I definitely believe there is a large aspect of self fulfilling prophecy resulting from the use of the same technical indicators by so many parties. That alone is reason enough to watch them, but I don't believe anything all the time.


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January 23, 2012, 04:19:47 PM
 #11

Indicators stop indicating once they become known.
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January 23, 2012, 04:26:18 PM
 #12

Indicators stop indicating once they become known.

The truth is, many of the well-known indicators do work in practice, even though they're "known."  This is a common myth about technical analysis.  In fact, the fact that many people follow them makes them self-perpetuating, which serves to reinforce their usefulness.

One need only look at Goomboo's backtesting of the 10/21 EMA rule in order to see that simple and well-known things can still work. 

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January 23, 2012, 04:29:27 PM
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The market is an interesting place, because market activity never repeats itself. It does rhyme though, like the Mark Twain quote.

One can curve fit any indicator or methodology to the past and claim a holy grail, but the future is a different matter entirely.
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January 23, 2012, 04:32:47 PM
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The market is an interesting place, because market activity never repeats itself. It does rhyme though, like the Mark Twain quote.

One can curve fit any indicator or methodology to the past and claim a holy grail, but the future is a different matter entirely.


+1.  Exactly what I believe about indicators.

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January 23, 2012, 04:34:31 PM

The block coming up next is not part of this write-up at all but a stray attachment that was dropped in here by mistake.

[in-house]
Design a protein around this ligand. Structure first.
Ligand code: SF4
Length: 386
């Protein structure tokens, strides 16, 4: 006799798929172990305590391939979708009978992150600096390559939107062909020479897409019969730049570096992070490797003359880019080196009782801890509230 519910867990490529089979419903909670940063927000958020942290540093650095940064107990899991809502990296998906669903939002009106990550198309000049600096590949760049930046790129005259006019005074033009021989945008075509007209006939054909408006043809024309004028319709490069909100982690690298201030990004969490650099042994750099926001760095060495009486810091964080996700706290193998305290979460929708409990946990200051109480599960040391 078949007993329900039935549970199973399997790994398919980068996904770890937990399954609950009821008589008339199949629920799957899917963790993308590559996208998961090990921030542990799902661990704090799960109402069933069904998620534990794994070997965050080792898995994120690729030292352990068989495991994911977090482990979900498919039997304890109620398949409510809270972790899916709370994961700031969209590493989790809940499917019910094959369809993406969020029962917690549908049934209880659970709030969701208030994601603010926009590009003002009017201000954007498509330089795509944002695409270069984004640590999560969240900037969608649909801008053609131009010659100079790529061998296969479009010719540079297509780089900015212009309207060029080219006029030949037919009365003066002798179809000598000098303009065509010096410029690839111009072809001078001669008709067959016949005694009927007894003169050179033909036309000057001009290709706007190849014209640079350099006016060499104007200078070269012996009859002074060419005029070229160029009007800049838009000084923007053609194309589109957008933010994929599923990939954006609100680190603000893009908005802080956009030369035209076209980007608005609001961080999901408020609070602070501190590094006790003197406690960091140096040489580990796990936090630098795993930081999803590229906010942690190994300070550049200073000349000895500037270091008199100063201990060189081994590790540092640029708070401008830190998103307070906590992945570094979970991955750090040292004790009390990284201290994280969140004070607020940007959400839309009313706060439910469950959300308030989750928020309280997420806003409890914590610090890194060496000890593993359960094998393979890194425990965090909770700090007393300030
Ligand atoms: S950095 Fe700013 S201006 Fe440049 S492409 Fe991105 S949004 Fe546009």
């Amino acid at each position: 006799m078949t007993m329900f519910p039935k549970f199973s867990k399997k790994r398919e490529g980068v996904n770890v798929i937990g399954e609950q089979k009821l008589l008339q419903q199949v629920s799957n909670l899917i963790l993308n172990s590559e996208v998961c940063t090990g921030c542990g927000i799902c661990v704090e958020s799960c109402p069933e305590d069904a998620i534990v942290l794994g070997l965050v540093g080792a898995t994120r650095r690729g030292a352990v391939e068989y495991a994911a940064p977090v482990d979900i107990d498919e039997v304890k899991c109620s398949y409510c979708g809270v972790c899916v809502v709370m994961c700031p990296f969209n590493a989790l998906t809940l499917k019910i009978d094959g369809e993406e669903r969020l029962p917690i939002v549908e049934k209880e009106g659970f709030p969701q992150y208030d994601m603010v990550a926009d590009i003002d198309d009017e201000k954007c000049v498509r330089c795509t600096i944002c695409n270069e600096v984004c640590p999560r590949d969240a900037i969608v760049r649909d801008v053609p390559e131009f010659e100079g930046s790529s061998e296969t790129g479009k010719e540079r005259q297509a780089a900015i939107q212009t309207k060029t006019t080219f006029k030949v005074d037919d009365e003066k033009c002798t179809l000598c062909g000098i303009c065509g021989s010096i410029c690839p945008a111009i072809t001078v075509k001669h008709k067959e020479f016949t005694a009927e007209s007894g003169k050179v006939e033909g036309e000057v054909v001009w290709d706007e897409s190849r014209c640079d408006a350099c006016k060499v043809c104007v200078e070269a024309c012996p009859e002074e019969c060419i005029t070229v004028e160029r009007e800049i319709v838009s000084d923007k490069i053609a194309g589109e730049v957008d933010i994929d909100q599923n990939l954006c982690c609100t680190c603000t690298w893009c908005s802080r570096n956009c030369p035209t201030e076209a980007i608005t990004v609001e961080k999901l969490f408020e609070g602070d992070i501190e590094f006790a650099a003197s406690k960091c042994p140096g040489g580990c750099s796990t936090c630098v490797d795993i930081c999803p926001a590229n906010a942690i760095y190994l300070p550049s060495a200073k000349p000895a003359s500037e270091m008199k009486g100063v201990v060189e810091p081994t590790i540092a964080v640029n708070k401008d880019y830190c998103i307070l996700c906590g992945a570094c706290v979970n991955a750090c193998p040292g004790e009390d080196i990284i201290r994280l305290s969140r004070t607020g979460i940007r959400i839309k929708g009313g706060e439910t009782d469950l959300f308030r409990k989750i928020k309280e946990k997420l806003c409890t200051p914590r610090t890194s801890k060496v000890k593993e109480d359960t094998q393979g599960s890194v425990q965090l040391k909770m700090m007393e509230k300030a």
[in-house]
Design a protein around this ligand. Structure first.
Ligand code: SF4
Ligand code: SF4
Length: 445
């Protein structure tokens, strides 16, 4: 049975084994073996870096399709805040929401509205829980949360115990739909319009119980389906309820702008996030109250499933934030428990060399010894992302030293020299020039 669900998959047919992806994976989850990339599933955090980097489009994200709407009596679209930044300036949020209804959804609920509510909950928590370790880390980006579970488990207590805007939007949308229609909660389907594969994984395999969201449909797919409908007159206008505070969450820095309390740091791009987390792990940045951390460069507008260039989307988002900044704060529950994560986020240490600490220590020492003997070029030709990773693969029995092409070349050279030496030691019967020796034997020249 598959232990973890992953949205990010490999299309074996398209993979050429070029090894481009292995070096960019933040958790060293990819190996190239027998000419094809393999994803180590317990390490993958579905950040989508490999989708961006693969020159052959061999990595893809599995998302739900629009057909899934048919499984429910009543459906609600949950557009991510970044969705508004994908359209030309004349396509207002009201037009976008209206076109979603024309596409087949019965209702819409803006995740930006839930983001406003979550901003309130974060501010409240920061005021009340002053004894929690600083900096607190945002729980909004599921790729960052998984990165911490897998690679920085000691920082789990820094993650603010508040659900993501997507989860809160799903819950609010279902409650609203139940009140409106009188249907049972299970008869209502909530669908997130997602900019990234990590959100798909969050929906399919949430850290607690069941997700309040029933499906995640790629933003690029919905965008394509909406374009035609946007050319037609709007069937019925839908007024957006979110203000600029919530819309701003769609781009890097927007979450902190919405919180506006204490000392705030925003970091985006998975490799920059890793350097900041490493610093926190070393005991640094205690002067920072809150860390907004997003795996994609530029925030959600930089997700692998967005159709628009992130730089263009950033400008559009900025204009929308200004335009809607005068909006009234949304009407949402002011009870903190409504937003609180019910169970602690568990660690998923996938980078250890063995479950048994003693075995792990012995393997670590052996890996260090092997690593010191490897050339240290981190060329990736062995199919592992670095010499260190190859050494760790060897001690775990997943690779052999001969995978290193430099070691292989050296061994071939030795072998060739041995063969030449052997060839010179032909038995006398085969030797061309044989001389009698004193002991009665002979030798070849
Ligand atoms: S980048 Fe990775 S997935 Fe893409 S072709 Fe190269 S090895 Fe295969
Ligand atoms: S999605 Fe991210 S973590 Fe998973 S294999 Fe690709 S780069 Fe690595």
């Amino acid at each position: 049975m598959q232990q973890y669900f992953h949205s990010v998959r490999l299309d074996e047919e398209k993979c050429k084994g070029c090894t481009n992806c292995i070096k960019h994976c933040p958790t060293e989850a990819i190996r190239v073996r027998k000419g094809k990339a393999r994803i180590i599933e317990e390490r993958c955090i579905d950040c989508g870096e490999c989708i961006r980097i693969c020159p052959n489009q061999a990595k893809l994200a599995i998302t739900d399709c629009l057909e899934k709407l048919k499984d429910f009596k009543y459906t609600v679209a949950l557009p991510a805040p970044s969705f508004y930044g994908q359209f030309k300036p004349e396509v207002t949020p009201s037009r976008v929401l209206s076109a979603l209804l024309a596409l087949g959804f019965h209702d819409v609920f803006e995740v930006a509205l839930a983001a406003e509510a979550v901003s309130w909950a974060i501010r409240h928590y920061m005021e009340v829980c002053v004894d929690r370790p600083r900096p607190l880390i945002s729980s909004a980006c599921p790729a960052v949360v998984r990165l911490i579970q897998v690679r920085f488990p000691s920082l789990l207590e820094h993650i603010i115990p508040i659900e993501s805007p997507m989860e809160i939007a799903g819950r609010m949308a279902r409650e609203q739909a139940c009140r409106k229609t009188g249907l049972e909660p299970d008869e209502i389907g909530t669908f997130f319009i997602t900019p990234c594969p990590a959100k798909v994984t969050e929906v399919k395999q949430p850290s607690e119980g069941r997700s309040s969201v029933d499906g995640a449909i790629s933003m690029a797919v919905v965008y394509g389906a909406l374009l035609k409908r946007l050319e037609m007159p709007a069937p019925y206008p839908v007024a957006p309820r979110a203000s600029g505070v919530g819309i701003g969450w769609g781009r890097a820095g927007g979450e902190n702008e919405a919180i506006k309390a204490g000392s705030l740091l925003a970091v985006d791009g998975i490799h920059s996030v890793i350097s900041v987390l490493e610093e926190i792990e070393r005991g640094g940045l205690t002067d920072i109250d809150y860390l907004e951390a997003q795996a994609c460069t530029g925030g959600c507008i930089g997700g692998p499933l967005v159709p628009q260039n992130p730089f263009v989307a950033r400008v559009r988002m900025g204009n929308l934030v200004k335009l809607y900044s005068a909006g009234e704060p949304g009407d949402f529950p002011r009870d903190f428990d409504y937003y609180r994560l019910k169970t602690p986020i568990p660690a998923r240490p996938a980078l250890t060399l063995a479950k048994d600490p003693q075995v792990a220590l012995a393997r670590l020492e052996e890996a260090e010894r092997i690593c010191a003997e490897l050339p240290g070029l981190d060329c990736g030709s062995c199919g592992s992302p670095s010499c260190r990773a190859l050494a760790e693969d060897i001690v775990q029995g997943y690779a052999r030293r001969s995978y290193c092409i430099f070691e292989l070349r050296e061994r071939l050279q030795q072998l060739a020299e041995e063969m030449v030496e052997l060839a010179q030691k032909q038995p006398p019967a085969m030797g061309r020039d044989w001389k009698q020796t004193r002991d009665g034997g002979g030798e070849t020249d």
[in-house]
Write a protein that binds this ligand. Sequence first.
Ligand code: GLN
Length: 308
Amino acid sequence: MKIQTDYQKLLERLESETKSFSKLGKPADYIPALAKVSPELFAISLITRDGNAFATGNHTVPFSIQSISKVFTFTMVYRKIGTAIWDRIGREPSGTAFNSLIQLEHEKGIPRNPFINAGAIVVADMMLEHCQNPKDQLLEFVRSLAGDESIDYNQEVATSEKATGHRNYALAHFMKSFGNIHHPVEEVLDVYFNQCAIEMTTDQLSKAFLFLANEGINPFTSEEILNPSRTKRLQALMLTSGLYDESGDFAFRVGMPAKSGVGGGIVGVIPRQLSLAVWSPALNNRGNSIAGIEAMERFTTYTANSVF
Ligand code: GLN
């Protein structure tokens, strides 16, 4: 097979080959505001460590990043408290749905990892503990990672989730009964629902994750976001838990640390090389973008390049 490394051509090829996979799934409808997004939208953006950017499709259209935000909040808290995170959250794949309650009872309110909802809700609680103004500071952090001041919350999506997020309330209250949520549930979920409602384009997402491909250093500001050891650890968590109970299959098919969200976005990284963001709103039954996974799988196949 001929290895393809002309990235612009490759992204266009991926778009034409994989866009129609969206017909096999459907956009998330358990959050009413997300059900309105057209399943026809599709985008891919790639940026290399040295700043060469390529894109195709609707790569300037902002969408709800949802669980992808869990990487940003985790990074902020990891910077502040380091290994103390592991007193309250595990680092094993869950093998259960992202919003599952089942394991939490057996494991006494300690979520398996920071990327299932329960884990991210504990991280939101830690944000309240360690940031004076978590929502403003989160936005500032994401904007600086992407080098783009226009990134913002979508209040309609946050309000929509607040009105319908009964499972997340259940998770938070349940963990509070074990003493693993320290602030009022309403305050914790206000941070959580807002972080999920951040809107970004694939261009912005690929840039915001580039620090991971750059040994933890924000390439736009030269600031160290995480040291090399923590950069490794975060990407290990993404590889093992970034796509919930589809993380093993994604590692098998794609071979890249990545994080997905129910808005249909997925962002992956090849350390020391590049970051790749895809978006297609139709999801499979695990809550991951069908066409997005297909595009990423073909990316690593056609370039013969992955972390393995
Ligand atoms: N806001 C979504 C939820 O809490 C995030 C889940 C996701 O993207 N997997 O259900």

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Indicators stop indicating once they become known.

The truth is, many of the well-known indicators do work in practice, even though they're "known."  This is a common myth about technical analysis.  In fact, the fact that many people follow them makes them self-perpetuating, which serves to reinforce their usefulness.

One need only look at Goomboo's backtesting of the 10/21 EMA rule in order to see that simple and well-known things can still work.

I guess "followed" would be a better way to put it.  If I write a bot that follows the 10/21 EMA rule today, I'll get clobbered, because now people are following it, and their act of following it will cause the indicator to not work any more.  Just because it is an old and well known indicator in the real world isn't really the problem, but now that it is a known indicator here it will no longer work here.

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January 23, 2012, 04:38:58 PM
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Indicators stop indicating once they become known.

The truth is, many of the well-known indicators do work in practice, even though they're "known."  This is a common myth about technical analysis.  In fact, the fact that many people follow them makes them self-perpetuating, which serves to reinforce their usefulness.

One need only look at Goomboo's backtesting of the 10/21 EMA rule in order to see that simple and well-known things can still work.